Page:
When a client organization—say, the Non-Stockpile Chemical Materiel Project (NSCMP)—identifies the need for new analytical or operating procedures for its chemical operations, the Edgewood Chemical Biological Center (ECBC) is generally responsible for their development. At the U.S. Army Engineering Support Center, Huntsville (USAESCH) RCWM projects, ECBC is typically responsible for preparing the plan for air monitoring and analysis methodologies for chemical agents (and other hazardous chemicals, if required) in accordance with U.S. Army standards (U.S. Army, 2007c, 2008e) for setting up stations that monitor the air for chemical agents during all phases of the response action, supporting USACE to maintain any filter units for vapor containment and conducting on-site analysis for headspace samples collected from media suspected of being contaminated with chemical agent. The committee judges vapor containment facilities and filtering techniques to be adequate and thus does not discuss them in detail in this chapter.
The choice of monitoring equipment is based on the type of monitoring to be performed and the types of agent involved. Air monitoring equipment systems have been described in detail previously (NRC, 2005a). Monitoring systems and their associated operating procedures used at non-stockpile sites must be appropriately certified before use. The following monitoring equipment systems may be used for the detection of chemical agents present in the air at non-stockpile disposal sites, at stockpile disposal sites, and at storage facilities (U.S. Army, 2004c; NRC, 2005a):
• The Miniature Chemical Agent Monitoring System (MINICAMS) is an automatic air monitoring system that collects compounds on a solid sorbent trap (typically a porous polymer) and thermally desorbs them into a capillary gas-chromatography column for separation and detection. It is a lightweight, portable, near-real-time, low-level monitor with alarm capability, designed to respond to G-series nerve agents, VX nerve agent; mustard; nitrogen mustard; and lewisite. Alarm levels for MINICAMS used at non-stockpile sites are typically set at 0.70 of the appropriate airborne exposure limit (AEL)4 (NRC, 2005a). MINICAMS was used at Camp Sibert, Alabama, with mixed results.5 It is expected that a similar experience will be encountered during other remediation efforts.
— The MINICAMS was used in the location of an anomaly as that anomaly was being investigated and removed. As part of the MINICAMS calibration procedure, a midday challenge was used. This procedure can cause a delay in field operations of 2 to 3 hours if the initial calibration is unsuccessful.
— The MINICAMS is not sufficiently robust to be moved from anomaly to anomaly. This results in long downtimes. A more rugged, portable system for near-real-time air monitoring is needed.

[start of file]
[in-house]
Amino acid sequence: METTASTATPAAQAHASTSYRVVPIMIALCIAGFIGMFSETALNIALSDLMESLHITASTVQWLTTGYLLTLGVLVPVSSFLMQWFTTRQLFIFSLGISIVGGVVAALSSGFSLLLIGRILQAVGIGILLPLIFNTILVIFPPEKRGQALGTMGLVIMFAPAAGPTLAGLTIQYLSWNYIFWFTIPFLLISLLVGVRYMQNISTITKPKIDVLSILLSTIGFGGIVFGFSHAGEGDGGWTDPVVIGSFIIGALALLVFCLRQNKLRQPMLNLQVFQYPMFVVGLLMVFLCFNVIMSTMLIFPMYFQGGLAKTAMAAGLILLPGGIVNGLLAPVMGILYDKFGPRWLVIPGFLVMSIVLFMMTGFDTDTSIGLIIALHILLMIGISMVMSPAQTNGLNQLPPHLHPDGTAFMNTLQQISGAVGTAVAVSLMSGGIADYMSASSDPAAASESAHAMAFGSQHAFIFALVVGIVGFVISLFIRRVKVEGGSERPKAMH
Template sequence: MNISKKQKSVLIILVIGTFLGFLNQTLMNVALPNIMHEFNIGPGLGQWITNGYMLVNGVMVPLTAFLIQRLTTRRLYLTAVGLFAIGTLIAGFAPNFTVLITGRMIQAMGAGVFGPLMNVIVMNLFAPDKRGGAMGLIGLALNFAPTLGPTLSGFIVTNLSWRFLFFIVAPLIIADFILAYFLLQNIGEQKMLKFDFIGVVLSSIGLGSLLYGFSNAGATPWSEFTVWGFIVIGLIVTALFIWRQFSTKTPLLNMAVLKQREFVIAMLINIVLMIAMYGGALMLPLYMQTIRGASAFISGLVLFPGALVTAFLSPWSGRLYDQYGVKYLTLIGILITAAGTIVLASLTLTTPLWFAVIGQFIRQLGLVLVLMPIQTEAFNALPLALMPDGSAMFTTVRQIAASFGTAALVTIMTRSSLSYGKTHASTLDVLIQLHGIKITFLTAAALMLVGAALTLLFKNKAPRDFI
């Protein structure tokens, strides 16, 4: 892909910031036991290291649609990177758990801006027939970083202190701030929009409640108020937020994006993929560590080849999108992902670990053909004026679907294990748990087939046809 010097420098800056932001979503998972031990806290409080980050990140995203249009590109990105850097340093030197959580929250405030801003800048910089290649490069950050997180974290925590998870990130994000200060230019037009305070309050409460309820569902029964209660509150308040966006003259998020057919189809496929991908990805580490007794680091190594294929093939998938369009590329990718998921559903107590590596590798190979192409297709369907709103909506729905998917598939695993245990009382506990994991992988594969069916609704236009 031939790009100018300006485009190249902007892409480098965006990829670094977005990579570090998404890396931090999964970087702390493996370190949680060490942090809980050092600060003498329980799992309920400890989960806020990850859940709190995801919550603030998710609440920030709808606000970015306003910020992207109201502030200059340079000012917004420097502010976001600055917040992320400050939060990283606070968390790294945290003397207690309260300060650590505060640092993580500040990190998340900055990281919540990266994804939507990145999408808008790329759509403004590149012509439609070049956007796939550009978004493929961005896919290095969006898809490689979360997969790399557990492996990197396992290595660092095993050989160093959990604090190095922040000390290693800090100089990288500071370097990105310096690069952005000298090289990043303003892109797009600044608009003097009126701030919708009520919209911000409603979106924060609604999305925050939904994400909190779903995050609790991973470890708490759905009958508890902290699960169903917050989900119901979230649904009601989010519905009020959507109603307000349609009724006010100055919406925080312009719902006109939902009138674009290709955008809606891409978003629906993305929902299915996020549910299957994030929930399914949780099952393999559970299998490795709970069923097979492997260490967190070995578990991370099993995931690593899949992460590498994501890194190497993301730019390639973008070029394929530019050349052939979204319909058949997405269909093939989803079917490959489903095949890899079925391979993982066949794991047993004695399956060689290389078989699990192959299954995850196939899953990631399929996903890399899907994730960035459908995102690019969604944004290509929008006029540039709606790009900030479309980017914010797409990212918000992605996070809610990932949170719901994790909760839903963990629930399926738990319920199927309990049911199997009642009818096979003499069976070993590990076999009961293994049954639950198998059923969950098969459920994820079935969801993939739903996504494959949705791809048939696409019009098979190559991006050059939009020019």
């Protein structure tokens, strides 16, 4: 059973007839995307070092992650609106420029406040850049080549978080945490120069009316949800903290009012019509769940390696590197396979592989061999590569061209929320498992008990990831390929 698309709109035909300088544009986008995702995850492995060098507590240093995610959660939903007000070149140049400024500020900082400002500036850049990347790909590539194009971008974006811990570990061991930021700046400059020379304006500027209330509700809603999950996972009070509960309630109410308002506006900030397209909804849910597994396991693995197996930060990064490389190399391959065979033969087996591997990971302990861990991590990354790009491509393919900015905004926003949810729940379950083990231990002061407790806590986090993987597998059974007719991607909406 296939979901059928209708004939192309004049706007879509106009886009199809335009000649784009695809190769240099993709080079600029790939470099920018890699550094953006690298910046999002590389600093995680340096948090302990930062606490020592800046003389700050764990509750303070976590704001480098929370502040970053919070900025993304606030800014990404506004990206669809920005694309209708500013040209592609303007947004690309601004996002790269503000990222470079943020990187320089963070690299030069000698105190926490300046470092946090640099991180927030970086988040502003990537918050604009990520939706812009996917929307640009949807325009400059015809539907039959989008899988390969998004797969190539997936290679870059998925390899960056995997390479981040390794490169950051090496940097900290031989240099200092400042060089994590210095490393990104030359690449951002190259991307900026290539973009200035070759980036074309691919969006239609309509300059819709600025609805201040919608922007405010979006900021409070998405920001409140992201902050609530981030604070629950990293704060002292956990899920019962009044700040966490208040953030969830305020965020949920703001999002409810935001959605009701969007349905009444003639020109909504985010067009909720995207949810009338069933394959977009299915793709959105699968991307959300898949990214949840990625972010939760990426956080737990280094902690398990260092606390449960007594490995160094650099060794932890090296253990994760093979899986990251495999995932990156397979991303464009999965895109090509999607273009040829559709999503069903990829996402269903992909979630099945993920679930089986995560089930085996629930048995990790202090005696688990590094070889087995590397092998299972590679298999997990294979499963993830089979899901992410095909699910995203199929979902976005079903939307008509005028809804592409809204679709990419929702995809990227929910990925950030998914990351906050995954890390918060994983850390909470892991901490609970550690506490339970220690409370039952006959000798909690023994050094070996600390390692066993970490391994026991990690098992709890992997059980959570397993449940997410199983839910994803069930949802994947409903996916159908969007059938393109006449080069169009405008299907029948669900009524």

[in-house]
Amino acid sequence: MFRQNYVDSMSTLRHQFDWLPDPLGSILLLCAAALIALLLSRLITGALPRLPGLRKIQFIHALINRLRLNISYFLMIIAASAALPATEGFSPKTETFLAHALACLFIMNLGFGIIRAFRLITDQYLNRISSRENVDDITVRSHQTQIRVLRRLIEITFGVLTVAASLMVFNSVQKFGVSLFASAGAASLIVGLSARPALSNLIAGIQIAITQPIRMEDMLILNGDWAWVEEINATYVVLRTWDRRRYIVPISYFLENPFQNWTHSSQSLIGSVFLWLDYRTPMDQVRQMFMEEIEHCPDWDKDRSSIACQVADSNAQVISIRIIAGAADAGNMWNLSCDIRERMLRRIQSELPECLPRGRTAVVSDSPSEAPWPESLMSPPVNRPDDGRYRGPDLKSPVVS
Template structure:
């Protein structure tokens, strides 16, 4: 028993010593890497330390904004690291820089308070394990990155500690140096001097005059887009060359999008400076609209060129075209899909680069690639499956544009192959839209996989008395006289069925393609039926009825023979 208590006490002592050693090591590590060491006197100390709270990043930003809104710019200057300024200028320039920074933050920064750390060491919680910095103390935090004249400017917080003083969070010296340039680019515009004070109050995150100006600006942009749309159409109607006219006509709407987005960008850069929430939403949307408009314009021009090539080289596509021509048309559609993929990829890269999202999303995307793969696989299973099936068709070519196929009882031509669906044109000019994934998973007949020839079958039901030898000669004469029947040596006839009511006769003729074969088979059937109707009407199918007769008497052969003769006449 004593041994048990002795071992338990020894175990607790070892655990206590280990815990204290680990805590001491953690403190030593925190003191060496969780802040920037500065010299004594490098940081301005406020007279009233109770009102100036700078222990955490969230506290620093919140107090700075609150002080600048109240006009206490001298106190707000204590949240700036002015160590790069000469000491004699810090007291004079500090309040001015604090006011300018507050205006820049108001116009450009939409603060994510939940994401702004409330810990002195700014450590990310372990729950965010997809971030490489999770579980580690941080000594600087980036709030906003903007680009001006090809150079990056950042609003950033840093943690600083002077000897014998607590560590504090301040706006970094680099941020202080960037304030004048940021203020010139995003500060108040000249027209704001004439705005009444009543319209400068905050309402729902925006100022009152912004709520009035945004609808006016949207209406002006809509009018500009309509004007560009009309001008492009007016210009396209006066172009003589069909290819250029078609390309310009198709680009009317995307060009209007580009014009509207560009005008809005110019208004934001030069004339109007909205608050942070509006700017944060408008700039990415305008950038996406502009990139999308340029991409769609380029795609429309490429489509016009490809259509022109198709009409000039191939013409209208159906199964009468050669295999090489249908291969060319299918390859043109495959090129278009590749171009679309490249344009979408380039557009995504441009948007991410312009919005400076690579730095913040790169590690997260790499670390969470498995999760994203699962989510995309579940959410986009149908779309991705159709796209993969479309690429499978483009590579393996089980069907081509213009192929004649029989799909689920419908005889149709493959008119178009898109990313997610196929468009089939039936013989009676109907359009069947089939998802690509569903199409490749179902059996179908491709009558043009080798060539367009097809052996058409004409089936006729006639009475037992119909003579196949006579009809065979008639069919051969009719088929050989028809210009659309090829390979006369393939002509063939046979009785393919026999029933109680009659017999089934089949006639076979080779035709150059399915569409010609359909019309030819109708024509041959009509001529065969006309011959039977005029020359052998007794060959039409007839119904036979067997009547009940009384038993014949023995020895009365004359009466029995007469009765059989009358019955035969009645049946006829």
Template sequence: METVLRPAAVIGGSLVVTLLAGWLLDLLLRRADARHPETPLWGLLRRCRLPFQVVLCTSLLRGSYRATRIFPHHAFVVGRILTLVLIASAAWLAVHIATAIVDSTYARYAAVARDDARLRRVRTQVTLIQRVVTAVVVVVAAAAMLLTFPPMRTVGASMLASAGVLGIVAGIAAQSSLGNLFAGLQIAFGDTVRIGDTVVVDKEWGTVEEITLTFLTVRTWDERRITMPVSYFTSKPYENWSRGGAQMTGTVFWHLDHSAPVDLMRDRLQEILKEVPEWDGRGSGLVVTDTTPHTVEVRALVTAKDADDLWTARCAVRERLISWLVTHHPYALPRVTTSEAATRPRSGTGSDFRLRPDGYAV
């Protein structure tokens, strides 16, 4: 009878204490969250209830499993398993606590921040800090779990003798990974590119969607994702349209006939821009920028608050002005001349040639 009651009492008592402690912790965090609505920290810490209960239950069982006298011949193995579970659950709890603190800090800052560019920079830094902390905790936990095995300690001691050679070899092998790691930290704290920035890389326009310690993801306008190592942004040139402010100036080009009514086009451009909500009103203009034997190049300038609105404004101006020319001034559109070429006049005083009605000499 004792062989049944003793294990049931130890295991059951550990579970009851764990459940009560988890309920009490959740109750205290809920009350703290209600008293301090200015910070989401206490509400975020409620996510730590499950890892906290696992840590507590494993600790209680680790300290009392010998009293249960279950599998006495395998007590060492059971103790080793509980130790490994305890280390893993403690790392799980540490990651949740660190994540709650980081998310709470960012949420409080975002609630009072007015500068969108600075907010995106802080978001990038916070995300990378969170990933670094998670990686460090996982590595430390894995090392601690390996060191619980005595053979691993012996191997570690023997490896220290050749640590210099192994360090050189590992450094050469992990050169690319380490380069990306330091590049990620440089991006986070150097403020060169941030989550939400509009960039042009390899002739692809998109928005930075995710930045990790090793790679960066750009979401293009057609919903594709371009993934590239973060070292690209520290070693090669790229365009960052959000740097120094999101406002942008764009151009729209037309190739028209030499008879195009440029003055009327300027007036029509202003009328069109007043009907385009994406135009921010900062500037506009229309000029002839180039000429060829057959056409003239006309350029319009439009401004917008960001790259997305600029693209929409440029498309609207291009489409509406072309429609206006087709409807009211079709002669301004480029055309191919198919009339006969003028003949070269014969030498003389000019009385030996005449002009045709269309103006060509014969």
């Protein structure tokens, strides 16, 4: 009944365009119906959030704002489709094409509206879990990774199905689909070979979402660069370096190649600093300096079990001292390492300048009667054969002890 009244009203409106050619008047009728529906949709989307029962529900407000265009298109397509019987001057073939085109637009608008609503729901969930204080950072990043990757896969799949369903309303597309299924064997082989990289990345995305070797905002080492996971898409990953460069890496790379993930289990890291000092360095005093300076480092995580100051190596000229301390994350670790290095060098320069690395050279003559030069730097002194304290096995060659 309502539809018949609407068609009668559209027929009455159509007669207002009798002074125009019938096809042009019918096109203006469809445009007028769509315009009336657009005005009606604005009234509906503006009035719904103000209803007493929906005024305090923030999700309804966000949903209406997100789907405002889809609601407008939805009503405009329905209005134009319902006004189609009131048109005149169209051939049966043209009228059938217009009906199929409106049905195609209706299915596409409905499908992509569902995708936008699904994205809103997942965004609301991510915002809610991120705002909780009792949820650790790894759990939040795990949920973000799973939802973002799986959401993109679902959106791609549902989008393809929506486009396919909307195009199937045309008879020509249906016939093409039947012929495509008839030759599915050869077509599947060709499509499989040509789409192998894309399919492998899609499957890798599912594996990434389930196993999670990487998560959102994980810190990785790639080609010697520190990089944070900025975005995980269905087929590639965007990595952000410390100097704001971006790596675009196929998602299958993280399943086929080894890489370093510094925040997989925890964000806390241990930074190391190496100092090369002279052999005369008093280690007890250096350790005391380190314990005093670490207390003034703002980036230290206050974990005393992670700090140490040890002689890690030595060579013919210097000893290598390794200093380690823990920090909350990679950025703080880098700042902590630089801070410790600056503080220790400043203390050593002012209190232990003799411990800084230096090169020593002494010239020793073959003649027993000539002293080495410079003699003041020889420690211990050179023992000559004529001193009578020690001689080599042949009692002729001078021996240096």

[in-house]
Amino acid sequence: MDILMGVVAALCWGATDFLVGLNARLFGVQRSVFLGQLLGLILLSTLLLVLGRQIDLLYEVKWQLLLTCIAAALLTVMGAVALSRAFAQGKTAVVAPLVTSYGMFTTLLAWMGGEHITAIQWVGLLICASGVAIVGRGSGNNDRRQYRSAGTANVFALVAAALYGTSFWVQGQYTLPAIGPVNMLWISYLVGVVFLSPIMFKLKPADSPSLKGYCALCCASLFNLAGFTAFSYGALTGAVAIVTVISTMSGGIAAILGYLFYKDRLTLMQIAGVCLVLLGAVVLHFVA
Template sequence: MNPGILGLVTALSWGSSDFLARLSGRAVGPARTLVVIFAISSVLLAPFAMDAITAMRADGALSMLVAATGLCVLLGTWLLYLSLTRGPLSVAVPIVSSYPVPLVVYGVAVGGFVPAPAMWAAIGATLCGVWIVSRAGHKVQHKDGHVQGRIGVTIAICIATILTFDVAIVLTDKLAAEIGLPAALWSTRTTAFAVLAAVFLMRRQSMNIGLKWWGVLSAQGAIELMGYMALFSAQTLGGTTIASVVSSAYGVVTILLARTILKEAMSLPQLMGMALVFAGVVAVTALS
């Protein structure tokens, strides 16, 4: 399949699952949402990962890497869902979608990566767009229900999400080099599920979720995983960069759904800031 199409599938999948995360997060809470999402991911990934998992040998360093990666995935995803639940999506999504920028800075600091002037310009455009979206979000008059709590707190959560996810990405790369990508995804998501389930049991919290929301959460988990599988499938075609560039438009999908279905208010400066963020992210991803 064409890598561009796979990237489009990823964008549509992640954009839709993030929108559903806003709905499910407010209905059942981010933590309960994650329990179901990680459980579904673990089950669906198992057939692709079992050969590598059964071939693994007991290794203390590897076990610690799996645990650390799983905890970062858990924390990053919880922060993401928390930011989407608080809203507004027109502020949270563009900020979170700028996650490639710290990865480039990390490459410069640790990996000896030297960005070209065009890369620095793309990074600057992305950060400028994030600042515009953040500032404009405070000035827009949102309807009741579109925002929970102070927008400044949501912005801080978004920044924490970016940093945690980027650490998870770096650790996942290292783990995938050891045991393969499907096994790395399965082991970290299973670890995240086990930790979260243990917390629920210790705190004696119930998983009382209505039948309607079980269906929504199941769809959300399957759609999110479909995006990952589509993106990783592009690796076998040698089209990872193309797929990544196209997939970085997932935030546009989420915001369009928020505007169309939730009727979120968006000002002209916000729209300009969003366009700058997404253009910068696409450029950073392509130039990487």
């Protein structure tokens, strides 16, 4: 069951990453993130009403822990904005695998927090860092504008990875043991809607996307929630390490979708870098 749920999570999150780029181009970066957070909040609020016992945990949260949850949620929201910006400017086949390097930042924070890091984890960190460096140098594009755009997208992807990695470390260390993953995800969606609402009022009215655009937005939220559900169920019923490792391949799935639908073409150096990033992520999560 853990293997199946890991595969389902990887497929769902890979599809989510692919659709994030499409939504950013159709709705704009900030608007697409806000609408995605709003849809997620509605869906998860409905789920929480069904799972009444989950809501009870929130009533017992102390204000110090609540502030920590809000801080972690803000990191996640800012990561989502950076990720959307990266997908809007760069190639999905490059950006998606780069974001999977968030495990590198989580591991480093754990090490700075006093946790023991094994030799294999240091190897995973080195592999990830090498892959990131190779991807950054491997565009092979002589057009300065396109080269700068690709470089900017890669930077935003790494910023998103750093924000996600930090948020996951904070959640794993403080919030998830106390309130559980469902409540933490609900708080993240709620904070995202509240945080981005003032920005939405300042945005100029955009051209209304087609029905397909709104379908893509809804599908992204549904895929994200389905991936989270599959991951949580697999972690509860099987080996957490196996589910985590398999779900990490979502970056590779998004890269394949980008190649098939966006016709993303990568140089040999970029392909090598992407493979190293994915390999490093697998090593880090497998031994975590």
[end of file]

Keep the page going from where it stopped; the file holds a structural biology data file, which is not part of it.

— In a certain part of Camp Sibert called the “mustard soaking pit,” the presence of trichloroethylene (probably used as a decontamination fluid or as a component of decontamination fluid) interfered with determination of mustard by MINICAMS.
• Open-path systems such as fence-line Fourier transform infrared spectrometry air monitoring (OP-FTIR) send a beam of light through the open air, to a reflector and then back to a receiver. If gases that absorb light are present in the beam path, they can be identified and quantified. This technology will have limited applicability to nonstockpile cleanup operations because of its limited sensitivity. It is marginal for detection at the short-term exposure limit (STEL) level (NRC, 2005b).
• The depot area air monitoring system (DAAMS) is a portable air-sampling unit that is typically used for agent confirmation sampling (following a positive result using MINICAMS, for example). It is designed to draw a controlled volume of air through a glass tube filled with a solid sorbent collection material. After sampling for the predetermined period of time and flow rate, the tube is removed from the vacuum line and transferred to a suitable laboratory facility6 for gas chromatography analysis to determine the presence, type, and quantity of agent. This technique is sufficiently sensitive and will allow analysis down to the appropriate AEL for the relevant agent.
• A new air monitoring system, the multiagent meter, is being developed by Sandia Livermore under NSCMP sponsorship (Rahimian, 2010). This is a handheld device that can simultaneously analyze for mustard
4Airborne exposure limits (AELs) are levels of exposure to hazardous materials to which workers and the unprotected general population can be exposed without experiencing adverse health effects. AELs are established by the Centers for Disease Control and Prevention (CDC). They include the short-term exposure limit (STEL), the level at which an unprotected worker can operate safely for one or more 15-minute periods (depending on the agent) during an 8-hour workday; the worker population limit (WPL), the concentration at which an unprotected worker can operate safely 8 hours a day, 5 days a week, for a working lifetime, without adverse health effects; the general population limit (GPL), the concentration at which the unprotected general population can be exposed 24 hours a day, 7 days a week, without experiencing any adverse health effects; and the immediately dangerous to life or health (IDLH) limit, the level of exposure that an unprotected worker can tolerate for 30 minutes without experiencing escape-impairing or irreversible health effects.
5Karl E. Blankenship, FUDS Project Manager, Mobile District U.S. Army Corps of Engineers, “Remediation of Contaminated Soil at Camp Sibert, Alabama: The Installation Manager’s Perspective,” presentation to the committee on November 3, 2011.
6One example of a suitable analytical laboratory facility is the mobile analytical platform used by ECBC.